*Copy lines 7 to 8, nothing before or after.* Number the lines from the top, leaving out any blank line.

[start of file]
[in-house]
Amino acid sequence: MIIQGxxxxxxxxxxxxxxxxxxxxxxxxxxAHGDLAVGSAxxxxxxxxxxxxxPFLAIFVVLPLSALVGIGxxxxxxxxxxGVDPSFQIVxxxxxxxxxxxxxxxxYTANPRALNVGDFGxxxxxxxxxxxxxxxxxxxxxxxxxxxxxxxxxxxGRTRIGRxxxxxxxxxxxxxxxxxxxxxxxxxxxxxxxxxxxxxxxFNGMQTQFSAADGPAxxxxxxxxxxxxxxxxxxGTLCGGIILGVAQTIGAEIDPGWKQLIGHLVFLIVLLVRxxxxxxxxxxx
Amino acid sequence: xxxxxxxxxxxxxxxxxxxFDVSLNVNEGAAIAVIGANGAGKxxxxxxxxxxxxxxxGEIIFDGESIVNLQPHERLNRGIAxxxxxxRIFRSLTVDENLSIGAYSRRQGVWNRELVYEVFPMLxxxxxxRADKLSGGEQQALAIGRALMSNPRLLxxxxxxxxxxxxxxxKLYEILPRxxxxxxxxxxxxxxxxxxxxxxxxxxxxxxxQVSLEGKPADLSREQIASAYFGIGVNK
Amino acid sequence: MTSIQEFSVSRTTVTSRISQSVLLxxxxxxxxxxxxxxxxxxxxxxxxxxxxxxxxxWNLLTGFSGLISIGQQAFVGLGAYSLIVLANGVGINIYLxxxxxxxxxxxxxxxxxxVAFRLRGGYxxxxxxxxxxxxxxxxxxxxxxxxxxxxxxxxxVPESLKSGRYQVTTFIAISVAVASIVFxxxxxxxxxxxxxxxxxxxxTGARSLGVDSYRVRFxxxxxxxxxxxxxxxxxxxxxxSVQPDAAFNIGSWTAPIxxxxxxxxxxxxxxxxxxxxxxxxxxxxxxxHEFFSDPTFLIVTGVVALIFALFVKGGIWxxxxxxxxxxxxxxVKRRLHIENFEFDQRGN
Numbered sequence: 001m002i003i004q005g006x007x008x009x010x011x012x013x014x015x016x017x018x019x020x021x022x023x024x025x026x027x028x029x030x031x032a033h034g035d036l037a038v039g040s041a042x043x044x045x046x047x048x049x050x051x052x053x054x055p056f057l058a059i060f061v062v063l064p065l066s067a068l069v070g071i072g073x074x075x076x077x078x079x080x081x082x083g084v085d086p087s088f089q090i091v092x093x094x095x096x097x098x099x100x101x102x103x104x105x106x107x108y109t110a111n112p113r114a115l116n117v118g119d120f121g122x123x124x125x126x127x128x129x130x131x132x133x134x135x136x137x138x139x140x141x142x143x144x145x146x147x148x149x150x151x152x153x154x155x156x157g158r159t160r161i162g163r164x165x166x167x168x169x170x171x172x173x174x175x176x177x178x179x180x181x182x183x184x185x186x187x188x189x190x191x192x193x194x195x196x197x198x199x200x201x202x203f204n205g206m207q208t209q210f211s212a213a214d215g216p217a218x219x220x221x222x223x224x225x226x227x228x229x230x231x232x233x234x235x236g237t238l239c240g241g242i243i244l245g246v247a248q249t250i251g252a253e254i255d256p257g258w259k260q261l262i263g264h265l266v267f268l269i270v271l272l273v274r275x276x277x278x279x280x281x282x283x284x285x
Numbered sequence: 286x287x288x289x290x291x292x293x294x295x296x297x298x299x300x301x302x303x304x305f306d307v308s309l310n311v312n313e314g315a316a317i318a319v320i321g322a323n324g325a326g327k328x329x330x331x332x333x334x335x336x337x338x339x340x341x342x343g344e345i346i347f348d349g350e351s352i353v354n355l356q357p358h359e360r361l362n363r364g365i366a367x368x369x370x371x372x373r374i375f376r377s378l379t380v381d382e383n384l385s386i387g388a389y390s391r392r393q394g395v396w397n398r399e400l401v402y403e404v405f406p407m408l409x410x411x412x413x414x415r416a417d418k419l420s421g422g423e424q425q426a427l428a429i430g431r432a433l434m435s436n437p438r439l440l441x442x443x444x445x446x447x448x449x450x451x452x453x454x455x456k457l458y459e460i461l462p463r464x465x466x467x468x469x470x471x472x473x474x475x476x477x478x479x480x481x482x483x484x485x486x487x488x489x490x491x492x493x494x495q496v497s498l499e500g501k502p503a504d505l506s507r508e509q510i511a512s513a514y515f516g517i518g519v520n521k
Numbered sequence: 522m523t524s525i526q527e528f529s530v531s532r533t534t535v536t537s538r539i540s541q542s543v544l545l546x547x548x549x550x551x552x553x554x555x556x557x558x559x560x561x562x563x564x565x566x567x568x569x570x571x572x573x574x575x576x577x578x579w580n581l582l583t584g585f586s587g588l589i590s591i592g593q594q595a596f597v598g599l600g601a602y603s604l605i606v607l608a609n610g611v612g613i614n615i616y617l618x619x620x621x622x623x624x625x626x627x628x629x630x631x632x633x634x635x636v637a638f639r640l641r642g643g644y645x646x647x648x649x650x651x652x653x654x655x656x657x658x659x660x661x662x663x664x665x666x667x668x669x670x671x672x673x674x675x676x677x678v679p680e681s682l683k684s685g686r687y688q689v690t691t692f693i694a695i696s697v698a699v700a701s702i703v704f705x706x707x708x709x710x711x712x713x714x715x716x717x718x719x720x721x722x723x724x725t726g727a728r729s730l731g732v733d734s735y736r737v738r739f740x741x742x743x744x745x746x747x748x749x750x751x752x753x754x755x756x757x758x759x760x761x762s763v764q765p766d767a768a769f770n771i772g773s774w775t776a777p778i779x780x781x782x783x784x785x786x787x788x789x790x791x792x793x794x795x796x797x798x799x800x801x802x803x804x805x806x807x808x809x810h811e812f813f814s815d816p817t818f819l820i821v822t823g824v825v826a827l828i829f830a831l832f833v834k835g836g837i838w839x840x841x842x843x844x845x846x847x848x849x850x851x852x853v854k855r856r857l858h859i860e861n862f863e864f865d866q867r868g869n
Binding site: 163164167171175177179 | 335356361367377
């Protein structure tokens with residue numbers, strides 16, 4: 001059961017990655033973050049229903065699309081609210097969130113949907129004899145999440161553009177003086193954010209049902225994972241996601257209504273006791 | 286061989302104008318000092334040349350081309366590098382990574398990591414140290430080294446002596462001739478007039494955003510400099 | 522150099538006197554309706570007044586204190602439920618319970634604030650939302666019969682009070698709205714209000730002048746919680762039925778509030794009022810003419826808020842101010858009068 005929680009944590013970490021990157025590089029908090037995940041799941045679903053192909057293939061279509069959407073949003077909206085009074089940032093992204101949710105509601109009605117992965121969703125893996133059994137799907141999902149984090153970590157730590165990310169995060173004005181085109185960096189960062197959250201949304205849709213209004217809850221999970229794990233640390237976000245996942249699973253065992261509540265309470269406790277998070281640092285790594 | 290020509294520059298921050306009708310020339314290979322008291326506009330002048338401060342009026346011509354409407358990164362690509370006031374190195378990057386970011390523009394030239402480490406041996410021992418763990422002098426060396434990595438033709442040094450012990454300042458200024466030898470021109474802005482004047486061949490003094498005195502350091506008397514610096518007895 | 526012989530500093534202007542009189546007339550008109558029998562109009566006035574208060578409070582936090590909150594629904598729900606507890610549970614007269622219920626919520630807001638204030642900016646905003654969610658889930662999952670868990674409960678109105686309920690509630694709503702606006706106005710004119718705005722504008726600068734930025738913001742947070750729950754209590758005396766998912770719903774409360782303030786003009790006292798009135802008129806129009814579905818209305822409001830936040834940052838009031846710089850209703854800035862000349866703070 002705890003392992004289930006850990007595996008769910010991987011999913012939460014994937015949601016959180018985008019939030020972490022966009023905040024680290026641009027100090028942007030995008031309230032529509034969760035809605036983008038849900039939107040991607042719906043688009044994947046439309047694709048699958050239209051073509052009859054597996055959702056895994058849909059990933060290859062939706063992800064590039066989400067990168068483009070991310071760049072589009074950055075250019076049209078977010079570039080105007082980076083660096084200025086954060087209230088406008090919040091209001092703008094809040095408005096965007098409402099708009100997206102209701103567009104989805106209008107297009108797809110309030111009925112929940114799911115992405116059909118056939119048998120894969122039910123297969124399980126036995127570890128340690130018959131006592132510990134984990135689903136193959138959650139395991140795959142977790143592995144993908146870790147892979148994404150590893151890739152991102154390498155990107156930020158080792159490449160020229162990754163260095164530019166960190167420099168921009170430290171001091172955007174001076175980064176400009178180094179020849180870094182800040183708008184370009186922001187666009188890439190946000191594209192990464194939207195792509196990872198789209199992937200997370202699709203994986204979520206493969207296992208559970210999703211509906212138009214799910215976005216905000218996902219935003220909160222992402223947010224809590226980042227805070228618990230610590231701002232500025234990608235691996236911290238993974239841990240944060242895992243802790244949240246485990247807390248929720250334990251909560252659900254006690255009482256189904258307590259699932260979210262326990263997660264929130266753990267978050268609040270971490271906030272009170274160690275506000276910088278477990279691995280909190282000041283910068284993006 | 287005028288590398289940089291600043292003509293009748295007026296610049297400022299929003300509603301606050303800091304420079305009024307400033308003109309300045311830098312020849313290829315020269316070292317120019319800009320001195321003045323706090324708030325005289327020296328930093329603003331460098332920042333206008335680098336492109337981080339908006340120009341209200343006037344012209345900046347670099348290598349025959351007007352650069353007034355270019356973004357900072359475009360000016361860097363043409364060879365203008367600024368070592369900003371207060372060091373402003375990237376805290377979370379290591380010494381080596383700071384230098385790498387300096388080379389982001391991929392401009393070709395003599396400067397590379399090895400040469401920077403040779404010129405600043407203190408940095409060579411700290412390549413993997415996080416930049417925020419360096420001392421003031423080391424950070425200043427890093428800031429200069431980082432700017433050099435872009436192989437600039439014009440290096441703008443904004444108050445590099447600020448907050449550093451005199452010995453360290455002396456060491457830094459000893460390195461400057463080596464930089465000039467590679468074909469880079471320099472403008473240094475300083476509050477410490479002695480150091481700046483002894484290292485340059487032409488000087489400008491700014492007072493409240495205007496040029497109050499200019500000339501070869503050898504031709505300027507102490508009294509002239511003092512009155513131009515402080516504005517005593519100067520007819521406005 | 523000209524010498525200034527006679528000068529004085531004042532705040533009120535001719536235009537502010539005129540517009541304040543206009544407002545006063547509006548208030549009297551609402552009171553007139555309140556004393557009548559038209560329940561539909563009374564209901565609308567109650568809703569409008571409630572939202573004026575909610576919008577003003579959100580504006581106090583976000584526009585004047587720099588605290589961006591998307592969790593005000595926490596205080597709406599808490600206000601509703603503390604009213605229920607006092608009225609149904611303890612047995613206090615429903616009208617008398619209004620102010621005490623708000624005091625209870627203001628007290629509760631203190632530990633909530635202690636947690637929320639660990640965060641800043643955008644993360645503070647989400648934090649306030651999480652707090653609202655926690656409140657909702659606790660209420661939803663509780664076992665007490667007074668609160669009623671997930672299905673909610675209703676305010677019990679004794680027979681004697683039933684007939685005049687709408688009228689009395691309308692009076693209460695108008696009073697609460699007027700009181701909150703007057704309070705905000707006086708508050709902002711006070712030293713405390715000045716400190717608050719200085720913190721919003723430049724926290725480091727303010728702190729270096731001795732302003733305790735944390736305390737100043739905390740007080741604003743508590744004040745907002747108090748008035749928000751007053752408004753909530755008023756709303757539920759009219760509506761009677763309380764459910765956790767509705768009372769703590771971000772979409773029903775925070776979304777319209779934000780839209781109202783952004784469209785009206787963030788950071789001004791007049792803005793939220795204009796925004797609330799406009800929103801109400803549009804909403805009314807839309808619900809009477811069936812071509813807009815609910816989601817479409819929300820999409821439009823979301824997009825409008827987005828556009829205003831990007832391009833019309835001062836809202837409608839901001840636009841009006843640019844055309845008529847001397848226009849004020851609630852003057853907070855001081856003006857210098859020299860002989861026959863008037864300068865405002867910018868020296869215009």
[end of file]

Numbered sequence: 522m523t524s525i526q527e528f529s530v531s532r533t534t535v536t537s538r539i540s541q542s543v544l545l546x547x548x549x550x551x552x553x554x555x556x557x558x559x560x561x562x563x564x565x566x567x568x569x570x571x572x573x574x575x576x577x578x579w580n581l582l583t584g585f586s587g588l589i590s591i592g593q594q595a596f597v598g599l600g601a602y603s604l605i606v607l608a609n610g611v612g613i614n615i616y617l618x619x620x621x622x623x624x625x626x627x628x629x630x631x632x633x634x635x636v637a638f639r640l641r642g643g644y645x646x647x648x649x650x651x652x653x654x655x656x657x658x659x660x661x662x663x664x665x666x667x668x669x670x671x672x673x674x675x676x677x678v679p680e681s682l683k684s685g686r687y688q689v690t691t692f693i694a695i696s697v698a699v700a701s702i703v704f705x706x707x708x709x710x711x712x713x714x715x716x717x718x719x720x721x722x723x724x725t726g727a728r729s730l731g732v733d734s735y736r737v738r739f740x741x742x743x744x745x746x747x748x749x750x751x752x753x754x755x756x757x758x759x760x761x762s763v764q765p766d767a768a769f770n771i772g773s774w775t776a777p778i779x780x781x782x783x784x785x786x787x788x789x790x791x792x793x794x795x796x797x798x799x800x801x802x803x804x805x806x807x808x809x810h811e812f813f814s815d816p817t818f819l820i821v822t823g824v825v826a827l828i829f830a831l832f833v834k835g836g837i838w839x840x841x842x843x844x845x846x847x848x849x850x851x852x853v854k855r856r857l858h859i860e861n862f863e864f865d866q867r868g869n
Binding site: 163164167171175177179 | 335356361367377